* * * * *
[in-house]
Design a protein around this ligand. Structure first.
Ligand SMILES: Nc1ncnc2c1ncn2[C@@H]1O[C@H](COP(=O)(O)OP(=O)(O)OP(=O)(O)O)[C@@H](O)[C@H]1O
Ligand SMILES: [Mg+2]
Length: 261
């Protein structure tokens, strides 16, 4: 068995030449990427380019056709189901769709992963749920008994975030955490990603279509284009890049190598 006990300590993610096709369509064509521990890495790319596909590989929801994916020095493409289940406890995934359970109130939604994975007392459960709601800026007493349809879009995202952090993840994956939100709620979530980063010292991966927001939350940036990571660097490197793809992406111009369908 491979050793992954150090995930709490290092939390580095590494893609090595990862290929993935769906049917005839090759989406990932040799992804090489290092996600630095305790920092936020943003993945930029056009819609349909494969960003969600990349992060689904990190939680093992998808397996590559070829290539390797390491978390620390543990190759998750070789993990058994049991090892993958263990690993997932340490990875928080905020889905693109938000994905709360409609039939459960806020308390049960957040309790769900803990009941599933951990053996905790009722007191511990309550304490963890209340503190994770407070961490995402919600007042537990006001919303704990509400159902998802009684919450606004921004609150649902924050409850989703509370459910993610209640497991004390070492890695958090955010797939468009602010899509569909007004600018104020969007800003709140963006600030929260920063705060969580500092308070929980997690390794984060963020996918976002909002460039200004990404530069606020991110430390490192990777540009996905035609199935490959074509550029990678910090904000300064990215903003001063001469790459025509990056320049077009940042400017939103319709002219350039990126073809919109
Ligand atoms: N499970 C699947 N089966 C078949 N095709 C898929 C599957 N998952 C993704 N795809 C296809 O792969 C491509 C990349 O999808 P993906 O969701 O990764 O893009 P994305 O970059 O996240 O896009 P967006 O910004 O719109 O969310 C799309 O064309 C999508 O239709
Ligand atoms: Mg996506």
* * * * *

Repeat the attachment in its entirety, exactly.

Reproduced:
[in-house]
Design a protein around this ligand. Structure first.
Ligand SMILES: Nc1ncnc2c1ncn2[C@@H]1O[C@H](COP(=O)(O)OP(=O)(O)OP(=O)(O)O)[C@@H](O)[C@H]1O
Ligand SMILES: [Mg+2]
Length: 261
């Protein structure tokens, strides 16, 4: 068995030449990427380019056709189901769709992963749920008994975030955490990603279509284009890049190598 006990300590993610096709369509064509521990890495790319596909590989929801994916020095493409289940406890995934359970109130939604994975007392459960709601800026007493349809879009995202952090993840994956939100709620979530980063010292991966927001939350940036990571660097490197793809992406111009369908 491979050793992954150090995930709490290092939390580095590494893609090595990862290929993935769906049917005839090759989406990932040799992804090489290092996600630095305790920092936020943003993945930029056009819609349909494969960003969600990349992060689904990190939680093992998808397996590559070829290539390797390491978390620390543990190759998750070789993990058994049991090892993958263990690993997932340490990875928080905020889905693109938000994905709360409609039939459960806020308390049960957040309790769900803990009941599933951990053996905790009722007191511990309550304490963890209340503190994770407070961490995402919600007042537990006001919303704990509400159902998802009684919450606004921004609150649902924050409850989703509370459910993610209640497991004390070492890695958090955010797939468009602010899509569909007004600018104020969007800003709140963006600030929260920063705060969580500092308070929980997690390794984060963020996918976002909002460039200004990404530069606020991110430390490192990777540009996905035609199935490959074509550029990678910090904000300064990215903003001063001469790459025509990056320049077009940042400017939103319709002219350039990126073809919109
Ligand atoms: N499970 C699947 N089966 C078949 N095709 C898929 C599957 N998952 C993704 N795809 C296809 O792969 C491509 C990349 O999808 P993906 O969701 O990764 O893009 P994305 O970059 O996240 O896009 P967006 O910004 O719109 O969310 C799309 O064309 C999508 O239709
Ligand atoms: Mg996506």